Apple silently updates OS X to protect against SMS trojan

“Apple has silently updated malware definitions in OS X to block a trojan discovered on the Internet earlier this week,” MacNN reports.

“Known as Trojan.SMSSend.3666, the code comes disguised as an installer for various apps,” MacNN reports. “Opening the installer prompts people to ‘activate’ their software by SMS, entering a key into the installer after receiving an initial text.”

MacNN reports, “The reality is that the trojan is signing users up for a subscription service that charges them via their cellphone bill.”

More info and links in the full article here.

[Thanks to MacDailyNews Reader “Lynn Weiler” for the heads up.]


    1. This isn’t a virus is it? You download an installer, run it, it asks you for your cell phone, and you give it. All legit operations. There relly isn’t anything wrong with any of the processes or code other than human error in trusting this installer.

    2. This is a Trojan horse which is massively different. Trojan horses require user action to do their damage.

      Example a knife that you can cut yourself is a Trojan horse. Certainly a potential problem but avoidable with some care. A knife that suddenly and unexpectedly leaps out of the block and flies through the air and stabs you is a virus. A much more serious problem that requires orders of magnitude more effort to deal with and avoid.

      Not the same.

    3. The general term is not ‘viruses’. It is malware. Strictly speaking, there are NO actual viruses for OS X. Instead, as of today, there are (depending on your version of OS X) about 24 different malware of OS X malware with a total of about 94 strains. Almost all of them are Trojan horses, requiring social engineering to convince the user to manually install them. The one exception is OSX.Flashback.S which used a whopping huge drive-by web infection security hole in Java to infect ~600,000 Macs this past summer, the worst Mac infection in history.

      (BTW: There is a new Java update for Mac, v1.7 Update 10, aka 7u10. If you don’t use Java, don’t install it. If you install Java, turn it OFF unless you’re specifically at a website you trust. Then turn it OFF again. Java is the single most dangerous software you can install on a Mac. AKA java sucks major balls).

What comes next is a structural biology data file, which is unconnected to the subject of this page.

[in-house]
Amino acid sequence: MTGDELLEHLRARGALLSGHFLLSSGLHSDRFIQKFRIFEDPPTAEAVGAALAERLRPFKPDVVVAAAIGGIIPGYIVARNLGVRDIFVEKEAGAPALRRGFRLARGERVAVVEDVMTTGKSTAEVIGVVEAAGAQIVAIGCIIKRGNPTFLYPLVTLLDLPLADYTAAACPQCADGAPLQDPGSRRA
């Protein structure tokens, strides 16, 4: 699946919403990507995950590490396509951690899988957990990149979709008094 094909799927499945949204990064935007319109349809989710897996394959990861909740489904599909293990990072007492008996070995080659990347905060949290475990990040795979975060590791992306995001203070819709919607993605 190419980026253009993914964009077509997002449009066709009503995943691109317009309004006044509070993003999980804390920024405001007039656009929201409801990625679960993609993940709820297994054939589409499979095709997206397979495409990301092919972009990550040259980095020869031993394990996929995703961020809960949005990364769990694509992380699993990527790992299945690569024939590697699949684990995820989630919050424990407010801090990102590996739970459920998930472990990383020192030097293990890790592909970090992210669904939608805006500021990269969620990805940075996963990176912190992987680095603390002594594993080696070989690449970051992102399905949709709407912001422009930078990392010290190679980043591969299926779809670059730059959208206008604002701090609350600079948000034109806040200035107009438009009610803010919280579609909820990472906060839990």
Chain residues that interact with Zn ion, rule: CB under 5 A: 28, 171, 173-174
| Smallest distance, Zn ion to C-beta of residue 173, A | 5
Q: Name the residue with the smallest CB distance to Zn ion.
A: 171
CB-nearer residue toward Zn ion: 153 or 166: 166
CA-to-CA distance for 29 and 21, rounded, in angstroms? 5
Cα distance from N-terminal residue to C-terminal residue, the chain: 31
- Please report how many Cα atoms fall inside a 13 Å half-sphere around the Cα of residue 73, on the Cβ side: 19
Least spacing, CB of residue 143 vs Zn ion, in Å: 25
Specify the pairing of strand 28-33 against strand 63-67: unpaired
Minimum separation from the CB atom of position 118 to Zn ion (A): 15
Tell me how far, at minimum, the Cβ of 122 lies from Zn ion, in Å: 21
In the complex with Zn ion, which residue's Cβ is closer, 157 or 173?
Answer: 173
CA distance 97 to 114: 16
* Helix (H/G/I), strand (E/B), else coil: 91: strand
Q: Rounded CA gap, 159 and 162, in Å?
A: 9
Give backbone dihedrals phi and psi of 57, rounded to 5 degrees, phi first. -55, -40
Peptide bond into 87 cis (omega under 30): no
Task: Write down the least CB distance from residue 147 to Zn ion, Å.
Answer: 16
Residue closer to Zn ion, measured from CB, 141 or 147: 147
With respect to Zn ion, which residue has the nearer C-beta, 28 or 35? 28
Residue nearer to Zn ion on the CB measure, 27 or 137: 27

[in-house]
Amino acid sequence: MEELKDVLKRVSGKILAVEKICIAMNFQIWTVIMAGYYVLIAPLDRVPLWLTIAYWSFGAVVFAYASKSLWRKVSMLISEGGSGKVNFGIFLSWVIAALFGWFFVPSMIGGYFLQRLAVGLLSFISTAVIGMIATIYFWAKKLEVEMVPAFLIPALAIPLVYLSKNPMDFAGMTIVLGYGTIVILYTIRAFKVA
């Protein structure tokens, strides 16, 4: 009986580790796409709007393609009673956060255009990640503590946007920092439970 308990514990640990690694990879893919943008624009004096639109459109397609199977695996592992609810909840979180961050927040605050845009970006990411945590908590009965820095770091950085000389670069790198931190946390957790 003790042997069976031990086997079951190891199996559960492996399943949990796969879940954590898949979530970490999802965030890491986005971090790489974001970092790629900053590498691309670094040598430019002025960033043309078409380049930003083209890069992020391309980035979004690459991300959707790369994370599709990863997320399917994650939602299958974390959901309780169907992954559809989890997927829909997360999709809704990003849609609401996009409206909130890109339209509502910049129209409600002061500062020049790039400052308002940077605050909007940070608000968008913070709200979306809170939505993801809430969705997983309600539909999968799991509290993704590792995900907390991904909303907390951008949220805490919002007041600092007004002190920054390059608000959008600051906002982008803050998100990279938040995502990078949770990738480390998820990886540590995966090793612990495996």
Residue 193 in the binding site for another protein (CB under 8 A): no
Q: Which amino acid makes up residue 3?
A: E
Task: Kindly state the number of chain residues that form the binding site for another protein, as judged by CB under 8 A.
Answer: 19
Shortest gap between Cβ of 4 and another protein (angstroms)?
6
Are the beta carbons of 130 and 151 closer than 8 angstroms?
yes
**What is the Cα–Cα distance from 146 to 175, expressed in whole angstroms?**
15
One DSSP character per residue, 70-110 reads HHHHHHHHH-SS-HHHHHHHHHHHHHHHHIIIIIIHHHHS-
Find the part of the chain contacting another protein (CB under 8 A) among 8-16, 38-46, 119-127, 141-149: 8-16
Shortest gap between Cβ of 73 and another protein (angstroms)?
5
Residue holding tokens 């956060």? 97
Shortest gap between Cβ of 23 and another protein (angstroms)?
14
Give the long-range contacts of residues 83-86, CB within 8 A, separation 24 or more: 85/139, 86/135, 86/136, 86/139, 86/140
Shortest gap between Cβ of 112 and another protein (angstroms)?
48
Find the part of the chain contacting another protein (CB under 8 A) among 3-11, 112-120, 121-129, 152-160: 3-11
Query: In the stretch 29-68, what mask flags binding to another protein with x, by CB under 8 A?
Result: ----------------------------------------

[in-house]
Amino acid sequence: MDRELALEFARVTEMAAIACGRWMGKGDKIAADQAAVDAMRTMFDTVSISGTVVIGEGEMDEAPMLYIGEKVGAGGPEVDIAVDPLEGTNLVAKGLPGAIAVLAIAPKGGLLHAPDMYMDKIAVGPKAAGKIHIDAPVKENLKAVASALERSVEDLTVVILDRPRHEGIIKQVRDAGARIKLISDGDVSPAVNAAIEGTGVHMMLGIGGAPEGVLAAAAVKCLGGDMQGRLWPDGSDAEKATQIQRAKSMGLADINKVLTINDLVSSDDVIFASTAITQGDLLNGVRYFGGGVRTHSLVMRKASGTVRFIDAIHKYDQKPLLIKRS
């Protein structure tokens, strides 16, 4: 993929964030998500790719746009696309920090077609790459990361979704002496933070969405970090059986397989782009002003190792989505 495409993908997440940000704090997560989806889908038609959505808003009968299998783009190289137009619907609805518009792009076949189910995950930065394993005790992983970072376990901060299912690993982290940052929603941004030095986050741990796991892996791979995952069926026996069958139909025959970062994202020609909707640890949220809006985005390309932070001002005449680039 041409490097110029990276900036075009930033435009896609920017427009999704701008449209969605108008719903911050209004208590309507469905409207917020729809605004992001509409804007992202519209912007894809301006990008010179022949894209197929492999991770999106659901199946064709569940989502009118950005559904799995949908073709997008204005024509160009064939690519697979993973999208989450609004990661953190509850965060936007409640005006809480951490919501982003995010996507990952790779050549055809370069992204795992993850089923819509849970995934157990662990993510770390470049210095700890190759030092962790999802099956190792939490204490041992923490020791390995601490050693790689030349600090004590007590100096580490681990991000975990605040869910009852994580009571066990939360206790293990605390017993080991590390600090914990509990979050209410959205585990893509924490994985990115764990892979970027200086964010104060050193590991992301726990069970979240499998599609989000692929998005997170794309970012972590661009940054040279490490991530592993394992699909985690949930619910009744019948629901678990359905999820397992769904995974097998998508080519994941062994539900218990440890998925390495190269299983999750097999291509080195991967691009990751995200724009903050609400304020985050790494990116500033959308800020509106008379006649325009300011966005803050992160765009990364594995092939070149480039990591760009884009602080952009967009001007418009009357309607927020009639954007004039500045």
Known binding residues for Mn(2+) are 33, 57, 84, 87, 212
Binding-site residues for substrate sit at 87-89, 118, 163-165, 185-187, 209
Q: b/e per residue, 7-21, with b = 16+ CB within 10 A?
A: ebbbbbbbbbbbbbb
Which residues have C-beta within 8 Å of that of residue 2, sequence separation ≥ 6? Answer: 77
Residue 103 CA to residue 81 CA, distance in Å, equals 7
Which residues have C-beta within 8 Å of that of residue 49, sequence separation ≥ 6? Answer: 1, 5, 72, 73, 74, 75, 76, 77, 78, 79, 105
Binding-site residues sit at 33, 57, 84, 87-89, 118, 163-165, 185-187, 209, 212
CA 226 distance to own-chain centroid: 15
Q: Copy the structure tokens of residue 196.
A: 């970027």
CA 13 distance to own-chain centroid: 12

I write about Mac security here:

        1. Um huh? I’ve been around MDN for at least a decade. I’ve been writing about Mac security since 2007. I enjoy reading and sharing Apple news as well as helping people out with information while also relishing the opportunity to trample ignorant anti-Apple trolls into the dirt.

          Meanwhile: MDN is NOT a political website, despite rubbish and PoliTard posts to the contrary. My personal political POV is that of what I call a positive anarchist. I believe in maximum choice while taking maximum responsibility for those choices. My POV does not fit on the usual 1-dimensional political scale.

  1. Apple’s XProtect anti-malware software ‘silently updates’ on a regular basis. Apple is calling this malware ‘OSX.SMSSend.i’. It is recycled Windows malware.

    XProtect (aka ‘File Quarantine’) is built into OS X 10.6 Snow Leopard on up. You can check out the plist file for XProtect, which lists all the malware it detects, here:


    As of yesterday, line 1408 lists OSX.SMSSend.i

        1. Yeah, it detects all right, but I believe it is in fact not so much an application, but rather a standard text that is displayed whenever you run it:

          “WARNING! the malware “Windows” seems to be installed on your computer. Quit now or all your data may be in danger!”

        2. Microsoft bought a good anti-malware program, and they managed to not completely screw it up in the couple of years its been under Microsoft’s stewardship. Given how incredibly low Microsoft has set the bar for security on their platforms, it’s really impressive – truly Microsoft at its least incompetent.

          OS X and iOS security, however, is still in a whole other league.

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